AskDefine | Define goatfish

Dictionary Definition

goatfish n : brightly colored tropical fishes with chin barbels [syn: red mullet, surmullet, Mullus surmuletus] [also: goatfishes (pl)]

User Contributed Dictionary



  1. Any of many brightly coloured fishes, of the family Mullidae, that have two barbels on the chin

Extensive Definition

Goatfishes are tropical marine perciform fish of the family Mullidae. Seldom found in brackish waters, goatfish are most associated with the reefs of the Atlantic, Indian, and Pacific Oceans. The goatfish are sometimes called the red mullets as opposed to the Mugilidae, the grey mullets, though that name is usually reserved for the red mullets of the genus Mullus of the Mediterranean. Within the family are approximately six genera and 55 species.
Many species of goatfish are conspicuously coloured; however, they are not popular in aquaria. Rather, goatfish are valued food fish in many countries. The largest species, the dash-and-dot goatfish (Parupeneus barberinus) grows to 55 centimetres in length; most species are less than half this size. Their bodies are deep and elongate with forked tail fins and widely separated dorsal fins.
Perhaps the goatfish's unpopularity among fishkeepers can be attributed to its feeding habits: Goatfish are tireless benthic feeders, using a pair of long chemosensory barbels ("whiskers") protruding from their chins to rifle through the sediments in search of a meal. Like goats, they seek anything edible; worms, crustaceans, molluscs and other small invertebrates are staples.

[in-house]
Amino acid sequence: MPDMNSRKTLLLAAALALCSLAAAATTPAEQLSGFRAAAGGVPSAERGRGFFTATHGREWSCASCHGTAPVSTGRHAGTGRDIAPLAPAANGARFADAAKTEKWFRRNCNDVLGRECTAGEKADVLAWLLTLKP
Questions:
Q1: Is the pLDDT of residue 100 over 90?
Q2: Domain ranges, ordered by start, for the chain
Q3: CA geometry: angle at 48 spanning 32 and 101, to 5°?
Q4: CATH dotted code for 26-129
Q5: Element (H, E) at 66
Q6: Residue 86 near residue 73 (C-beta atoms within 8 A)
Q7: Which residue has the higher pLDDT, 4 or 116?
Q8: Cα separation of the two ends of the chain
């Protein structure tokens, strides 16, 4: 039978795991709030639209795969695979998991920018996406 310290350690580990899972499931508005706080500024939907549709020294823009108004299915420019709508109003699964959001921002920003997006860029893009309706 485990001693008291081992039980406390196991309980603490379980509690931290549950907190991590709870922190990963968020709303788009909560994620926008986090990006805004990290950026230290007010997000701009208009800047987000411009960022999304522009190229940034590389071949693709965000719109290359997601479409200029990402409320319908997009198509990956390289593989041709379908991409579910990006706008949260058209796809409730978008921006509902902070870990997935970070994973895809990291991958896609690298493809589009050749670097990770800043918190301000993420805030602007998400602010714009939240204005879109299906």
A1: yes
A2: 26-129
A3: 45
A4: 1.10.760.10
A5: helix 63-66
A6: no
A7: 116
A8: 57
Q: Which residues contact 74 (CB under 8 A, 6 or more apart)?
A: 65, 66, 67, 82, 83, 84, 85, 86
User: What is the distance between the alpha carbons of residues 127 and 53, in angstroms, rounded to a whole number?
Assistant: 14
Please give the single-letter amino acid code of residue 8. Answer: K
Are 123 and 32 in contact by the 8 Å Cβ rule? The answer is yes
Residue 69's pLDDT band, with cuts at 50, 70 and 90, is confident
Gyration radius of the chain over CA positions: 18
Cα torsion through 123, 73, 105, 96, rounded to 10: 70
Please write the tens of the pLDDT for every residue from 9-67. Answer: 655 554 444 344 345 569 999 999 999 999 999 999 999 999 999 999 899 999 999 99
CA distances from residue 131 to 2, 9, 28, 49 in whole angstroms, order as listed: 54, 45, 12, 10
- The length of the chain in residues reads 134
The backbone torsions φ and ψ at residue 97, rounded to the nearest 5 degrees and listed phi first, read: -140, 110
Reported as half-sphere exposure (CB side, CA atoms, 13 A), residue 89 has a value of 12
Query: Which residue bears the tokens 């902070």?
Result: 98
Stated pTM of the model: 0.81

By day, many goatfish will form large inactive (non-feeding) schools: these aggregates may contain both conspecifics and heterospecifics. For example, the yellowfin goatfish (Mulloidichthys vanicolensis) of the Red Sea and Hawaii is often seen congregating with blue-striped snappers (Lutjanus kasmira). With such mixed company, the yellowfins will actually change their coloration to match that of the snappers.
By night the schools disperse and individual goatfish head their separate ways to loot the sands. Other nocturnal feeders will shadow the active goatfish, waiting patiently for any overlooked morsels. Goatfish stay within the shallows, going no deeper than about 110 metres. Some species, such as the freckled goatfish (Upeneus tragula) of East Africa, have been known to enter estuaries and rivers, although not to any great extent.
All goatfish have the ability to change their coloration depending on their current activity. One notable example, the diurnal goldsaddle goatfish (Parupeneus cyclostomus) will change from a lemon-yellow to a pale cream whilst feeding. Diurnal species also tend to be solitary, but will school as juveniles.
Goatfish are pelagic spawners; that is, they release many buoyant eggs into the water which become part of the plankton. The eggs float freely with the currents until hatching.


FishBase lists 67 species in six genera:


goatfish in German: Meerbarben
goatfish in Dhivehi: ކަޅުއޮށް އާއިލާ (މަސް)
goatfish in Spanish: Mullidae
goatfish in French: Mullidae
goatfish in Lithuanian: Barzdotės
goatfish in Dutch: Zeebarbelen
goatfish in Norwegian: Muller
goatfish in Polish: Barwenowate
goatfish in Portuguese: Mullidae
goatfish in Swedish: Mullusfiskar
goatfish in Vietnamese: Họ Cá phèn
goatfish in Turkish: Barbunyagiller
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